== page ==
Survey: Contact Centers Looking to Upgrade Technology

Mar 28, 2007 1:01 AM  By

How’s this for a disconnect: 75% of contact centers have a customer database system, but only 53% have computer telephony integration (CTI), according to the ninth annual Global Contact Center Benchmarking Report from IT solutions provider Dimension Data. That means phone agents often cannot access information that the customer has already provided the company—even information such as account number that the customer was instructed to punch in while he was waiting on hold for “the next available operator.”

That, in turn, means customers are subject to redundant requests, a common consumer complaint. Other common consumer complaints—long hold times, poor voice recognition software, hard-to-understand agents, the absence of live agents—contributed to a sharp drop in customer satisfaction in North American contact centers. According to the report, satisfaction rates fell from 84% in 2005 to shy of 63% in 2006.

To address consumer complaints and boost satisfaction and operational effectiveness, contact centers are introducing a wide variety of technologies. Many are adopting converged Internet protocol (IP) technologies, which facilitate the implementation of multiple new applications. In fact, more than 60% of contact centers have introduced IP-based or hybrid IP telephone systems and automatic call distributors (ACDs), which ease wait times and allow contact centers to route calls more effectively.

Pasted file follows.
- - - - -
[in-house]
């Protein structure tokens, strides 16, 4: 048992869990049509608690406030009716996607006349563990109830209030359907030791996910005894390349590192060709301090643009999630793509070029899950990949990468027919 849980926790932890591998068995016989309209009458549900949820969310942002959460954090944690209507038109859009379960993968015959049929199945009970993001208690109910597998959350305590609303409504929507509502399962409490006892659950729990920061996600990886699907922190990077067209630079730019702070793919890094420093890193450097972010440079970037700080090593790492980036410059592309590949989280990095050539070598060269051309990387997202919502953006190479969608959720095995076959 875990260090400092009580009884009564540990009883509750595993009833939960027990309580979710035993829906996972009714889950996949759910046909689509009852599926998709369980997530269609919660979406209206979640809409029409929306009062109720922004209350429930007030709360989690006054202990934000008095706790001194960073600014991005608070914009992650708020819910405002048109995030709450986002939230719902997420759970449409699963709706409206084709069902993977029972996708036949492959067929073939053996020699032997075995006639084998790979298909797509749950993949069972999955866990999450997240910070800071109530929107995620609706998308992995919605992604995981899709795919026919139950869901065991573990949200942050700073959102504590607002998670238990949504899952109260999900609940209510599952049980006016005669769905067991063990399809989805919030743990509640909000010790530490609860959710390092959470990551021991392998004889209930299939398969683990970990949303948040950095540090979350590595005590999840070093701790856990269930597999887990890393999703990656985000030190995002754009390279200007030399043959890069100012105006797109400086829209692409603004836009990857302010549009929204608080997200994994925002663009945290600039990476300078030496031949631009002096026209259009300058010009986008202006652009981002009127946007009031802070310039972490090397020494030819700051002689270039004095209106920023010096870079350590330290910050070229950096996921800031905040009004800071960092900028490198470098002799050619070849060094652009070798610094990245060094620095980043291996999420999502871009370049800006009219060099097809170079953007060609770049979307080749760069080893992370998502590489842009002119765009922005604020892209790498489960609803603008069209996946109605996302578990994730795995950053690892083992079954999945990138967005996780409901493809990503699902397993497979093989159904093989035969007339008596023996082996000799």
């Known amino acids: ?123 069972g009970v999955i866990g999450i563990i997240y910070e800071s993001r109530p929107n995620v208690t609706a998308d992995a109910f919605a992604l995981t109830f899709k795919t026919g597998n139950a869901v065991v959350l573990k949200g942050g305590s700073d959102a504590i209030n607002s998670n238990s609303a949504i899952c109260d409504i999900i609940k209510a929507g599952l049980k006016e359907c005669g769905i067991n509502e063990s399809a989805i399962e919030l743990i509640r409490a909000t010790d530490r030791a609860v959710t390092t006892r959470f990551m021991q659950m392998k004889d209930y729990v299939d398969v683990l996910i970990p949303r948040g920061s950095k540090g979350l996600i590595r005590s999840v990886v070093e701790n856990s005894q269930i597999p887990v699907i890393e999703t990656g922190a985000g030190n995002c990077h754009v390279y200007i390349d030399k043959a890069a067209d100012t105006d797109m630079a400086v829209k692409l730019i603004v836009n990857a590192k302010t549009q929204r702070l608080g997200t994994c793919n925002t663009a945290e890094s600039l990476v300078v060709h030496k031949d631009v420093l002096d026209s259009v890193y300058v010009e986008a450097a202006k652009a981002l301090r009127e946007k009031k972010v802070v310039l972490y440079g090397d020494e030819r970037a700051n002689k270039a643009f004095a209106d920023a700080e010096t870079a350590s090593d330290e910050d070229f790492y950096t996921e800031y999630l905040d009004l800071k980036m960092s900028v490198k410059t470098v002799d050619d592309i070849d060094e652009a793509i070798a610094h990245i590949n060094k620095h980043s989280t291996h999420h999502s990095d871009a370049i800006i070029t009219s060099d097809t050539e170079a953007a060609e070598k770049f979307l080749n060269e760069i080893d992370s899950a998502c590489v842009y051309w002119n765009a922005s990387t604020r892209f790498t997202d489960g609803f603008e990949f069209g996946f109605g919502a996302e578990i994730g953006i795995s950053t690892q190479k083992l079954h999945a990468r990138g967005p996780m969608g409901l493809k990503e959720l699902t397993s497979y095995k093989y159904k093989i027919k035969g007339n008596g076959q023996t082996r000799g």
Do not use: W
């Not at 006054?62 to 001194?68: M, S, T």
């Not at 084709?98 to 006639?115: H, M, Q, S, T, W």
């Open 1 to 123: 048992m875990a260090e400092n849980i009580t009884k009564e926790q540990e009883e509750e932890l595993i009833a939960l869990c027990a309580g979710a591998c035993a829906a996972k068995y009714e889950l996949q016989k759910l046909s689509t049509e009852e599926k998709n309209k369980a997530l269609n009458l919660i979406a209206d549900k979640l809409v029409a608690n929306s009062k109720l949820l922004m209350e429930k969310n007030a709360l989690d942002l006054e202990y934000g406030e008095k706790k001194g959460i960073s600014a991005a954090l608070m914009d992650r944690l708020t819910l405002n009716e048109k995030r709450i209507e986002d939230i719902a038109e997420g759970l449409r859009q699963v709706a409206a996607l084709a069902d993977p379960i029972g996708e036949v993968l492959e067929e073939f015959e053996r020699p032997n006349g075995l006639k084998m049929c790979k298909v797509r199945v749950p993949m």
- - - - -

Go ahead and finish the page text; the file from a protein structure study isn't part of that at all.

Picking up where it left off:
To reduce wait times, 65% of contact centers are using call prioritization to route calls efficiently, based on some form of customer identification or according to the service the customer requires. Even so, North American contact centers reported an average hold time of 64 seconds, a 73% increase from 37 seconds the previous year.

Universal queues have been implemented in 28% of contact centers, with another 16% planning to install them. These give equal attention to consumers making inquiries via a variety of channels – phone, e-mail, interactive voice response (IVR), online.

More than a quarter (27%) of contact centers are looking to upgrade their IVR platforms, while 25% plan to install some form of speech recognition technology. Nineteen percent plan to introduce text-to-speech solutions.

Contact centers plan to increase their use of Web chat, collaborative browsing, and call-back systems two to three times over current levels, empowering agents with the tools they need to deliver optimal service. More than half (53%) of centers use online self-service systems, and 12.5% intend to install them.